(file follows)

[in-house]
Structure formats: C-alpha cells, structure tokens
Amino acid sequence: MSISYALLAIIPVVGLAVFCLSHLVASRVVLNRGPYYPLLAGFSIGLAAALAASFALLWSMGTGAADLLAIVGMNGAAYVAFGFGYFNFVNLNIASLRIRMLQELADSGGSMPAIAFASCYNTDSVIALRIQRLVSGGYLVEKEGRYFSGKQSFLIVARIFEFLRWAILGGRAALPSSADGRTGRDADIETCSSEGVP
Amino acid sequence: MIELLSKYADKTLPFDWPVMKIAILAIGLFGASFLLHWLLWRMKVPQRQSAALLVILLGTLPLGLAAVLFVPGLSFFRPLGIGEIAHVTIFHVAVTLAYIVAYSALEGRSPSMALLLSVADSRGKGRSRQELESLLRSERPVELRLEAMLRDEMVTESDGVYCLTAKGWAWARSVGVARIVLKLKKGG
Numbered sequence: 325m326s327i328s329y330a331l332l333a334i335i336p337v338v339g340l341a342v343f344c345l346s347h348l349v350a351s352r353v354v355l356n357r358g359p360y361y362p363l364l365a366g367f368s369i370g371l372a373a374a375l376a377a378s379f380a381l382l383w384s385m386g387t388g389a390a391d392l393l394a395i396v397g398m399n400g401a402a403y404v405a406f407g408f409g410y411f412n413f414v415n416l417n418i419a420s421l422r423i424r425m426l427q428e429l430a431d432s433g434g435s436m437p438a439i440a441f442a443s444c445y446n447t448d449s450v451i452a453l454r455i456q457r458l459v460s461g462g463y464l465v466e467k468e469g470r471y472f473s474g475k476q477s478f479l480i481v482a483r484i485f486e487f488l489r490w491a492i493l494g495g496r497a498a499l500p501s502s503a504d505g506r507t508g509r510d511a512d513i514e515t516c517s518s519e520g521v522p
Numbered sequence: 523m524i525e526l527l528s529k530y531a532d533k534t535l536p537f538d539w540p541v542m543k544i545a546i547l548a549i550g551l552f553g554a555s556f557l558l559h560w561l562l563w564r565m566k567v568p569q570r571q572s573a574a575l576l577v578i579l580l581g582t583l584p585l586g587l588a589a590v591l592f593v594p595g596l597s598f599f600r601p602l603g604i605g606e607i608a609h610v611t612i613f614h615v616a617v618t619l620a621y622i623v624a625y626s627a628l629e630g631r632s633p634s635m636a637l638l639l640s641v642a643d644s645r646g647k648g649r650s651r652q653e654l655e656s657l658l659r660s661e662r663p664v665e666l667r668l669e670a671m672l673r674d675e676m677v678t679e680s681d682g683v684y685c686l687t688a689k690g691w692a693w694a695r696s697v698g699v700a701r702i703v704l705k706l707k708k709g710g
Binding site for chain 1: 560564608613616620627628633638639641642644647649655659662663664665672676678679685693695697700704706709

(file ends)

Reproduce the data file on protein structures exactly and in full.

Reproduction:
[in-house]
Structure formats: C-alpha cells, structure tokens
Amino acid sequence: MSISYALLAIIPVVGLAVFCLSHLVASRVVLNRGPYYPLLAGFSIGLAAALAASFALLWSMGTGAADLLAIVGMNGAAYVAFGFGYFNFVNLNIASLRIRMLQELADSGGSMPAIAFASCYNTDSVIALRIQRLVSGGYLVEKEGRYFSGKQSFLIVARIFEFLRWAILGGRAALPSSADGRTGRDADIETCSSEGVP
Amino acid sequence: MIELLSKYADKTLPFDWPVMKIAILAIGLFGASFLLHWLLWRMKVPQRQSAALLVILLGTLPLGLAAVLFVPGLSFFRPLGIGEIAHVTIFHVAVTLAYIVAYSALEGRSPSMALLLSVADSRGKGRSRQELESLLRSERPVELRLEAMLRDEMVTESDGVYCLTAKGWAWARSVGVARIVLKLKKGG
Numbered sequence: 325m326s327i328s329y330a331l332l333a334i335i336p337v338v339g340l341a342v343f344c345l346s347h348l349v350a351s352r353v354v355l356n357r358g359p360y361y362p363l364l365a366g367f368s369i370g371l372a373a374a375l376a377a378s379f380a381l382l383w384s385m386g387t388g389a390a391d392l393l394a395i396v397g398m399n400g401a402a403y404v405a406f407g408f409g410y411f412n413f414v415n416l417n418i419a420s421l422r423i424r425m426l427q428e429l430a431d432s433g434g435s436m437p438a439i440a441f442a443s444c445y446n447t448d449s450v451i452a453l454r455i456q457r458l459v460s461g462g463y464l465v466e467k468e469g470r471y472f473s474g475k476q477s478f479l480i481v482a483r484i485f486e487f488l489r490w491a492i493l494g495g496r497a498a499l500p501s502s503a504d505g506r507t508g509r510d511a512d513i514e515t516c517s518s519e520g521v522p
Numbered sequence: 523m524i525e526l527l528s529k530y531a532d533k534t535l536p537f538d539w540p541v542m543k544i545a546i547l548a549i550g551l552f553g554a555s556f557l558l559h560w561l562l563w564r565m566k567v568p569q570r571q572s573a574a575l576l577v578i579l580l581g582t583l584p585l586g587l588a589a590v591l592f593v594p595g596l597s598f599f600r601p602l603g604i605g606e607i608a609h610v611t612i613f614h615v616a617v618t619l620a621y622i623v624a625y626s627a628l629e630g631r632s633p634s635m636a637l638l639l640s641v642a643d644s645r646g647k648g649r650s651r652q653e654l655e656s657l658l659r660s661e662r663p664v665e666l667r668l669e670a671m672l673r674d675e676m677v678t679e680s681d682g683v684y685c686l687t688a689k690g691w692a693w694a695r696s697v698g699v700a701r702i703v704l705k706l707k708k709g710g
Binding site for chain 1: 560564608613616620627628633638639641642644647649655659662663664665672676678679685693695697700704706709